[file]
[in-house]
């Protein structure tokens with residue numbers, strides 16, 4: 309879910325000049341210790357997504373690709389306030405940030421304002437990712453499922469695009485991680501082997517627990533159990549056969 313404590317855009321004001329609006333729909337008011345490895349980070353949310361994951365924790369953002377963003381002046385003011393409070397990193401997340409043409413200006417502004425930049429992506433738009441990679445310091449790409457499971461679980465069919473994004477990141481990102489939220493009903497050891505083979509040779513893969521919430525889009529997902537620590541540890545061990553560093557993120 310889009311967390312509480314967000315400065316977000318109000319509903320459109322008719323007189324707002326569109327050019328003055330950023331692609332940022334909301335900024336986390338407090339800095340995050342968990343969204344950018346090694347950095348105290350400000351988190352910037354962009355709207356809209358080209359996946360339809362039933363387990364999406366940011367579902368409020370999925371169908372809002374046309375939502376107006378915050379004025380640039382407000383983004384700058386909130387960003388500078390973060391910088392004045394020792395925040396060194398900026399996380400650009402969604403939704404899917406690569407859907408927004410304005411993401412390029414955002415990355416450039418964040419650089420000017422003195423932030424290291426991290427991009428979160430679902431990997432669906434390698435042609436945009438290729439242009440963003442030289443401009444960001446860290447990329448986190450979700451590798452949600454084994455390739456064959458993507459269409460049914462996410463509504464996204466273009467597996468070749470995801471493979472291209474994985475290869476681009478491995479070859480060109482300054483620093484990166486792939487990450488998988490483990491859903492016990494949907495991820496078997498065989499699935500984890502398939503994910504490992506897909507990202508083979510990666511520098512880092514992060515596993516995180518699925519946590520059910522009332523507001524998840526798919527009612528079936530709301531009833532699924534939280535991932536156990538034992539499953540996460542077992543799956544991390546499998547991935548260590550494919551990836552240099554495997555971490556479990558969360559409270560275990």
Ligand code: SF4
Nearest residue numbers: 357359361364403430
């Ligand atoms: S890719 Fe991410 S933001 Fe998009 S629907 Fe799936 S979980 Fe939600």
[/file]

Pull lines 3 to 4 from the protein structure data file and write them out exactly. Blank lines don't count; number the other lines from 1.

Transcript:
Ligand code: SF4
Nearest residue numbers: 357359361364403430